Recent events with the Twitter handle @realDonaldTrump serve as a reminder of the power of privilege and the potential risk when that power is misused. In this case it appears that a Twitter employee (insider, who was supposedly on the way out the door), perhaps felt motivated based on tweets that they found objectionable or annoying, chose to de-activate the account. We all probably have a friend, relative or some public figure for which we wished there was a simple button to push (there is – unfollow) to silence their ramblings on social media. In this case, the action of “unfollow” is possible and an easy choice, but the person chose to use their privilege to do more, deactivate the account entirely.
Those with privilege and power can often do great things. It might be a leader uniting nations or it might be an admin successfully getting a data center back on line after a catastrophic failure. Both require some amount of trust and privilege to make the outcome a reality. But that same power can be misused, depending on the motivations and desired outcomes of the individual.
There are insiders in every organization that have admin privileges to change, delete, and reconfigure workloads that are running critical business functions and holding sensitive and valuable data. Often there are not controls in place to enforce a policy that for instance limits the scope of the admin actions that can be taken based on a role, or that requires secondary approval for changes outside of established norms or policy. With the risk of stolen credentials, even the use of two-factor authentication can limit the damage that an can be inflicted with the use of stolen credentials. What a privileged admin is allowed to do can also drift as new permissions are granted temporarily to complete a needed task, but never revoked once that task is complete. Without ongoing assessment and controls, those with privilege are a huge risk, if their motivations shift.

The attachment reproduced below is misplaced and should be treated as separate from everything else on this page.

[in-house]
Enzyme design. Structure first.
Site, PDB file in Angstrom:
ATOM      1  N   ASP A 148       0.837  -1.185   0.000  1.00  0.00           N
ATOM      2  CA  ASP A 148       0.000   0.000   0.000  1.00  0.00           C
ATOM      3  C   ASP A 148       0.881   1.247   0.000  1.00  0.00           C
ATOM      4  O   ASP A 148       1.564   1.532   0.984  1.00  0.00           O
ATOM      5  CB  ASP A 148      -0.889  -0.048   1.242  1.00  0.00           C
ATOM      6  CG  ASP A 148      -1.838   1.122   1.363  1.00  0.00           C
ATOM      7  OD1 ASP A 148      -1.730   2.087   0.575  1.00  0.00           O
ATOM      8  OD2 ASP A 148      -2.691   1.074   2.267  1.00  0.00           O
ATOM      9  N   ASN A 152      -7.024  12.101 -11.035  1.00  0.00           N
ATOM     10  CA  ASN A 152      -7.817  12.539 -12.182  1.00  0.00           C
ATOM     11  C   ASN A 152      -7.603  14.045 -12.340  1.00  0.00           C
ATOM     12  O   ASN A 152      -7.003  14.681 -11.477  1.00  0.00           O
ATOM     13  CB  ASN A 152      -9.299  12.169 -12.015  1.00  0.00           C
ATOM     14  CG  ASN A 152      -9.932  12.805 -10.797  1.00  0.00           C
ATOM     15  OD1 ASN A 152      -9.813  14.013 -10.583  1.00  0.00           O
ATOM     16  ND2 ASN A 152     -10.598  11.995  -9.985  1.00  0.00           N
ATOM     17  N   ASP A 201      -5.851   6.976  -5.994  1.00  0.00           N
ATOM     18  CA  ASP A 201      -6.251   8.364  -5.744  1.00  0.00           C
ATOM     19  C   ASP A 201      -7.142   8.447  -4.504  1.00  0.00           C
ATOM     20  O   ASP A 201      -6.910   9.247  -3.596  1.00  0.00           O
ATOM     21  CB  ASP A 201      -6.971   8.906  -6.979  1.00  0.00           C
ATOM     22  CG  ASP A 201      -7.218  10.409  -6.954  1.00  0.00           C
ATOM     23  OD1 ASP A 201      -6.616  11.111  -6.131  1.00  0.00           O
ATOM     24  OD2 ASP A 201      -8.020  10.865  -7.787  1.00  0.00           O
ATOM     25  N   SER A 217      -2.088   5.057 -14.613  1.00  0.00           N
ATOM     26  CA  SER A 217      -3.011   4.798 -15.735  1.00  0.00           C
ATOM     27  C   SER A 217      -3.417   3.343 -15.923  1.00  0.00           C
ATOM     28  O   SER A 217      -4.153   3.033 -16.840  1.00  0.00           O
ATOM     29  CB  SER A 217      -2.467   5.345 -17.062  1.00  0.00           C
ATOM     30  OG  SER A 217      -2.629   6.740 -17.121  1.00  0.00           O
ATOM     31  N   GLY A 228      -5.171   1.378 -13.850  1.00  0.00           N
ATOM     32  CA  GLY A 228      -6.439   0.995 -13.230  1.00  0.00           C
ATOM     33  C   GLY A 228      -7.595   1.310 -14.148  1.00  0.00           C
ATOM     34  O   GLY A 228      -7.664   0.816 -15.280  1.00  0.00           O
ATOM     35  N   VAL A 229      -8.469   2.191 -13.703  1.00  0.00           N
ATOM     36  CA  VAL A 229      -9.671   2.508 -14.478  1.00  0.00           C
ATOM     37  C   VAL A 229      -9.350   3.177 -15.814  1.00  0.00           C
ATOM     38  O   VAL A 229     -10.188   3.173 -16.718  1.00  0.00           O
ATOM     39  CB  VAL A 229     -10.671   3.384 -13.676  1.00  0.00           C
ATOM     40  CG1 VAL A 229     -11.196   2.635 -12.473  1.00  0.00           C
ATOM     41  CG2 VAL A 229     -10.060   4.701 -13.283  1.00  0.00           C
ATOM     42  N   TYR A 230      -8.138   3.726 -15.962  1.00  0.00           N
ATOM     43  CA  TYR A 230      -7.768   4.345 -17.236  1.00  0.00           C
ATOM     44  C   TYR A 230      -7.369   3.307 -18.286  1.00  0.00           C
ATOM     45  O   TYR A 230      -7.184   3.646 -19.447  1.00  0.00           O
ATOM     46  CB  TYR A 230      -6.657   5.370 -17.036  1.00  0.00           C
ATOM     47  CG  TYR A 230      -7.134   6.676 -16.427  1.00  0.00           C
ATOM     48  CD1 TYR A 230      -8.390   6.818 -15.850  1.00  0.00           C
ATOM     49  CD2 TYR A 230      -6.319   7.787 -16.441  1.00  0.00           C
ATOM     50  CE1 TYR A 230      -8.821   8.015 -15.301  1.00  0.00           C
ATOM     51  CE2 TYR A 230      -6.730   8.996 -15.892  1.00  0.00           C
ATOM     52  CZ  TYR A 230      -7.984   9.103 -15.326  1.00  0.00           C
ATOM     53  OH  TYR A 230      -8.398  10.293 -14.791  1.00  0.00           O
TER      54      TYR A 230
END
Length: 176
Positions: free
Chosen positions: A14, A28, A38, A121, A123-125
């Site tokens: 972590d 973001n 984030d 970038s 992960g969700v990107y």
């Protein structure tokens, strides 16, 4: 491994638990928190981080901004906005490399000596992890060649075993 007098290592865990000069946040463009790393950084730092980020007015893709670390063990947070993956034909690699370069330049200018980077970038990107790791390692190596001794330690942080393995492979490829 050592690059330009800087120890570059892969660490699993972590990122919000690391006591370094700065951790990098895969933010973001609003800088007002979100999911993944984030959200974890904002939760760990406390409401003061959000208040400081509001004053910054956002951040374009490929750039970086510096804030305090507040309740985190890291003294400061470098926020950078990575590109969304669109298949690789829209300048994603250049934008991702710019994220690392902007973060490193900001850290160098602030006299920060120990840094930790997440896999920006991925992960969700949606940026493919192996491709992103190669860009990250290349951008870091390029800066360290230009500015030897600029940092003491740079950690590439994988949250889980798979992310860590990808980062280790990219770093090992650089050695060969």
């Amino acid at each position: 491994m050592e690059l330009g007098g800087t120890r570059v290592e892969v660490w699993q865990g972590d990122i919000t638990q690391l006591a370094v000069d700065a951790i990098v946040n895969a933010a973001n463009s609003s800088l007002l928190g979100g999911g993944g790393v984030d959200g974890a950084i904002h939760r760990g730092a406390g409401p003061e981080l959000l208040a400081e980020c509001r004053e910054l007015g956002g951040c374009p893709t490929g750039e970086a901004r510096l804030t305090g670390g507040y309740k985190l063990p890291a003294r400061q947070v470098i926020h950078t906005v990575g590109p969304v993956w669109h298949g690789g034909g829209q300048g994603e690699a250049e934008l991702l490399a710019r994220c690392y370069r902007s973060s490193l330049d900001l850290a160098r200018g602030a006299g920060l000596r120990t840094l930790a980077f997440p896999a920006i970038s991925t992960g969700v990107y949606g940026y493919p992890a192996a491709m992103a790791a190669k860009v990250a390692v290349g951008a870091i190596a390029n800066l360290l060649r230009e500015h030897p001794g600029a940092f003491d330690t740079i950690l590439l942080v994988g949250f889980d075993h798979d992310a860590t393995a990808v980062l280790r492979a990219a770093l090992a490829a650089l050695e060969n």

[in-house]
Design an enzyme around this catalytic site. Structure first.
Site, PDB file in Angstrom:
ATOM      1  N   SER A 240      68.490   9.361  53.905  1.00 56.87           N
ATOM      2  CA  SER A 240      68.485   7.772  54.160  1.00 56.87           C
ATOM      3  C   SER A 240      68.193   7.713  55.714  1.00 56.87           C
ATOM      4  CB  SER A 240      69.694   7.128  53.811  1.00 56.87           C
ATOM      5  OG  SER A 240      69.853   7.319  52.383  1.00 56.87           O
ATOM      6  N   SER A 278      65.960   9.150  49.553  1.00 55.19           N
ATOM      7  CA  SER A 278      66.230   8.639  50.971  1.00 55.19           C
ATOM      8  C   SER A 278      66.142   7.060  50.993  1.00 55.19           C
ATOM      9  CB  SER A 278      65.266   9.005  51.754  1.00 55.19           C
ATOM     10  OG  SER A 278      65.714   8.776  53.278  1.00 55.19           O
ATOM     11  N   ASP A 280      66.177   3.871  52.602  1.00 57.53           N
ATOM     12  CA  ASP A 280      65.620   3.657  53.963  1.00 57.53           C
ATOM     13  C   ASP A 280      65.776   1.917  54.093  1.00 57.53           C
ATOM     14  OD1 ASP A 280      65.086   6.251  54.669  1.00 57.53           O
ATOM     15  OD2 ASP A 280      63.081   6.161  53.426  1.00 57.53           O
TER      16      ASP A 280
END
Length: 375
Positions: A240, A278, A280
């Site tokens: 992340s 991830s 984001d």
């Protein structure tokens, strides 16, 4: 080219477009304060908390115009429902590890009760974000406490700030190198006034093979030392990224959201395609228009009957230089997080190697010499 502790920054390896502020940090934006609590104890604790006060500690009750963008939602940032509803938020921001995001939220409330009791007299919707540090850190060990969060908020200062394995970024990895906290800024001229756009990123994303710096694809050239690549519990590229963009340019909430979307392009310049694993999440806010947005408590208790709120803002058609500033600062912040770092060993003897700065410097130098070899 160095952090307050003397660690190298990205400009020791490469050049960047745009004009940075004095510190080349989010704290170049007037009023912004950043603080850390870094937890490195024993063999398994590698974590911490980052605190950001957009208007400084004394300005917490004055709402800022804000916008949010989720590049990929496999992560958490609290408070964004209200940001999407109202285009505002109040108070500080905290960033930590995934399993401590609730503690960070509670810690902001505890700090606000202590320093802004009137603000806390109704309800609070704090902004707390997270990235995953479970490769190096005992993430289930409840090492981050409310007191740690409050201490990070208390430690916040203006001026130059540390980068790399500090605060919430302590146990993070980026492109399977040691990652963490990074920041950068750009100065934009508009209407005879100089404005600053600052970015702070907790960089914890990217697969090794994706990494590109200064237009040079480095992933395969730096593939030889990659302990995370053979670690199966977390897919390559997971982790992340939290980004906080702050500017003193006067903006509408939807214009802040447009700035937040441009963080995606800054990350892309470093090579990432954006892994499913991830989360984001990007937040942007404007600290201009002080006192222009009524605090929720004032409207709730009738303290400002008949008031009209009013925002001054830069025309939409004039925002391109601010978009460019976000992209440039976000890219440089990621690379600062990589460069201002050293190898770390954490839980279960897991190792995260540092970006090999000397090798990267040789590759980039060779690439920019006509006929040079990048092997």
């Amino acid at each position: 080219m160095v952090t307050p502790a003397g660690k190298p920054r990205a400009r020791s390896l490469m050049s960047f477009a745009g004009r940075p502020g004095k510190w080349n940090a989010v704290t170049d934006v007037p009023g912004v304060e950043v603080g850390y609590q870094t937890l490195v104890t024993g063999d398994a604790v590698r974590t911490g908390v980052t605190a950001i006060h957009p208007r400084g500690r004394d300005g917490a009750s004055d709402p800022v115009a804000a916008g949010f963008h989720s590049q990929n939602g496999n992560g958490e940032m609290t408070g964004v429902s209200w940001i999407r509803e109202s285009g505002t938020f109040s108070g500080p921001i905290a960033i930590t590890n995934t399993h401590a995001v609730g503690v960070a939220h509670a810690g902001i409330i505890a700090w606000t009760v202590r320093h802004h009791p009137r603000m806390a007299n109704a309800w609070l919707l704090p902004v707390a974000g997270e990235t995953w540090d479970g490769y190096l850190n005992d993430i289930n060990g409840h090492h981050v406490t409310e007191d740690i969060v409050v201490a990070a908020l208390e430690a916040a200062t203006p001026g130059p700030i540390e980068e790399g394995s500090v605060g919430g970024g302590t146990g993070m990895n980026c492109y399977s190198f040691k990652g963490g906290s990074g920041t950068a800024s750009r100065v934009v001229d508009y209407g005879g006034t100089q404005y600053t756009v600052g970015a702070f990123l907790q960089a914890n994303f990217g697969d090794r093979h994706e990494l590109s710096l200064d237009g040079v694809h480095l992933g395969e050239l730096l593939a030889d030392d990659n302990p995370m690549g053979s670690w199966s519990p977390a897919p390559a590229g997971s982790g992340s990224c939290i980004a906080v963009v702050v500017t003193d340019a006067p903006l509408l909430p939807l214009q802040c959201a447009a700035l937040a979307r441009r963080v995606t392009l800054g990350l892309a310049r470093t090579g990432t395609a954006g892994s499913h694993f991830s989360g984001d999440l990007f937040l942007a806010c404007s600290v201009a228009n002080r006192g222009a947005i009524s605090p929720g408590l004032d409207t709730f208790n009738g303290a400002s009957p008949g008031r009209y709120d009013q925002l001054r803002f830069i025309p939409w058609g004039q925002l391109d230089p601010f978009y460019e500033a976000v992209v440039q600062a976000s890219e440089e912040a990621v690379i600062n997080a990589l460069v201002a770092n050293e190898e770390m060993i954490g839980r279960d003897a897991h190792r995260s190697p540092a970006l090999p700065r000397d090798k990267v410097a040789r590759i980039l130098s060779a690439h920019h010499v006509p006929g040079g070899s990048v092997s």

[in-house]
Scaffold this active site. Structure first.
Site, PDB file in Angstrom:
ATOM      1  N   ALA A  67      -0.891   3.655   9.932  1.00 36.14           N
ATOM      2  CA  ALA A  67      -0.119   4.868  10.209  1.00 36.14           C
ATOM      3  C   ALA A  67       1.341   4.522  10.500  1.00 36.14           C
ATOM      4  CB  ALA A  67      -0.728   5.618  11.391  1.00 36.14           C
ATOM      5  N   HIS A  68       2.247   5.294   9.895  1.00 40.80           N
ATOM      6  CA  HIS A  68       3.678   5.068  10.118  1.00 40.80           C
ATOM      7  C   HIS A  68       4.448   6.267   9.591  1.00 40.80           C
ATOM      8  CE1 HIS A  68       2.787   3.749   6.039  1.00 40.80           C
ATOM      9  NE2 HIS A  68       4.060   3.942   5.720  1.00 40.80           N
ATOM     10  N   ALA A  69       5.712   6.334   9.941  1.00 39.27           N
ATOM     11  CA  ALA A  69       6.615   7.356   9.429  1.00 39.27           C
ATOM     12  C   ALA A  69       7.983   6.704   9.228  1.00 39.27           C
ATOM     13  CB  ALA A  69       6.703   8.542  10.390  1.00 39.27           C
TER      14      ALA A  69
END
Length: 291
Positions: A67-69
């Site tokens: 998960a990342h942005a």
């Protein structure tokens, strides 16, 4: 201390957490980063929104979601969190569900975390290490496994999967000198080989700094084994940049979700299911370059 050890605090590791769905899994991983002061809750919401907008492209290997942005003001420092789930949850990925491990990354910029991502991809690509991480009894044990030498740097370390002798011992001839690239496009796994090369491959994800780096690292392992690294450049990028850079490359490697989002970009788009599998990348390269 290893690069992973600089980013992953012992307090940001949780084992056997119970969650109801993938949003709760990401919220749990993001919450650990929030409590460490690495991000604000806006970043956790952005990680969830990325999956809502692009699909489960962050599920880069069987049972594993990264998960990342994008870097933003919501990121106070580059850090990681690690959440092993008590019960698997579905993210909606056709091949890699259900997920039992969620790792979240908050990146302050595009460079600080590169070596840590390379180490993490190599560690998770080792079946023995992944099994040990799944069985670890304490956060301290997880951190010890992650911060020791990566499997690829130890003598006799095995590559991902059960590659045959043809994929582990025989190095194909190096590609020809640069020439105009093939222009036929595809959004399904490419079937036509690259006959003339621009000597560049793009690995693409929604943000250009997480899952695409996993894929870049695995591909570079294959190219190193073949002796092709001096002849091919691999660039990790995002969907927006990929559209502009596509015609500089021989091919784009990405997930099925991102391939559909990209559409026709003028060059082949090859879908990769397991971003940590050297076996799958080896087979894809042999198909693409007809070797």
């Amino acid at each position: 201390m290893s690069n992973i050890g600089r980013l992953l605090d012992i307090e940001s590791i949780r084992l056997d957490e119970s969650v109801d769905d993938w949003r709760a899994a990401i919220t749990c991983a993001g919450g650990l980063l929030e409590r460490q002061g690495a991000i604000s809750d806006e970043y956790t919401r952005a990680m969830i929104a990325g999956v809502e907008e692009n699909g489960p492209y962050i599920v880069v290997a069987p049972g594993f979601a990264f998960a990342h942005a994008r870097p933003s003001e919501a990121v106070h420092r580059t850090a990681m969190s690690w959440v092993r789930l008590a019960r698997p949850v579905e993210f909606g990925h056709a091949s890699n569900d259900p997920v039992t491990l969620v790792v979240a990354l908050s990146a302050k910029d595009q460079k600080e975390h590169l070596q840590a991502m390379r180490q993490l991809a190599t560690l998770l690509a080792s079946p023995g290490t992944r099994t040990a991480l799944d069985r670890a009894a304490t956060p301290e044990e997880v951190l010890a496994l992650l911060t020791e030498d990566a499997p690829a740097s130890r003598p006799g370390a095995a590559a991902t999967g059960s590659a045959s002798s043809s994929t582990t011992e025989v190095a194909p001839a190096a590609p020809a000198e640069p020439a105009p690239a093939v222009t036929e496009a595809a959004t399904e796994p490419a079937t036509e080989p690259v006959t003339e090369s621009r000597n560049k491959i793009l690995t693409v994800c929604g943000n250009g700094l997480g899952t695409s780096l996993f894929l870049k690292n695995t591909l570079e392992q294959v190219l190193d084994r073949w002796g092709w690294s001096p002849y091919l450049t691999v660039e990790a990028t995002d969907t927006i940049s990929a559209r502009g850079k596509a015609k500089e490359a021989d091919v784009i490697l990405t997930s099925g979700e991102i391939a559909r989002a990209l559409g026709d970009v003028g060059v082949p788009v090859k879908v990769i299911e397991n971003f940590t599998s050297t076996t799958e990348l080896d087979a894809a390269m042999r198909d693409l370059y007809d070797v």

These misuse of privilege incidents are not new and attacks like what occurred at Shionogi & Co. Ltd. years ago highlight the risk and damage that can result. It appears this most recent abuse of privilege incident only lasted eleven minutes and @realDonaldTrump was restored. Reactivating the Twitter handle was quick and easy it seems. What if the person with privilege were to have tweeted a message from @realDonaldTrump that caused another nation to respond quickly to a perceived threat based on the message?
If an incident involved three hundred of your most critical VMware-based virtual machines that were deleted or changed by a privileged admin, could you recover in twelve minutes? It may be a good time to assess privileged access to your virtualized workloads and begin putting controls in place to ensure your business isn’t disrupted by a “rogue employee”.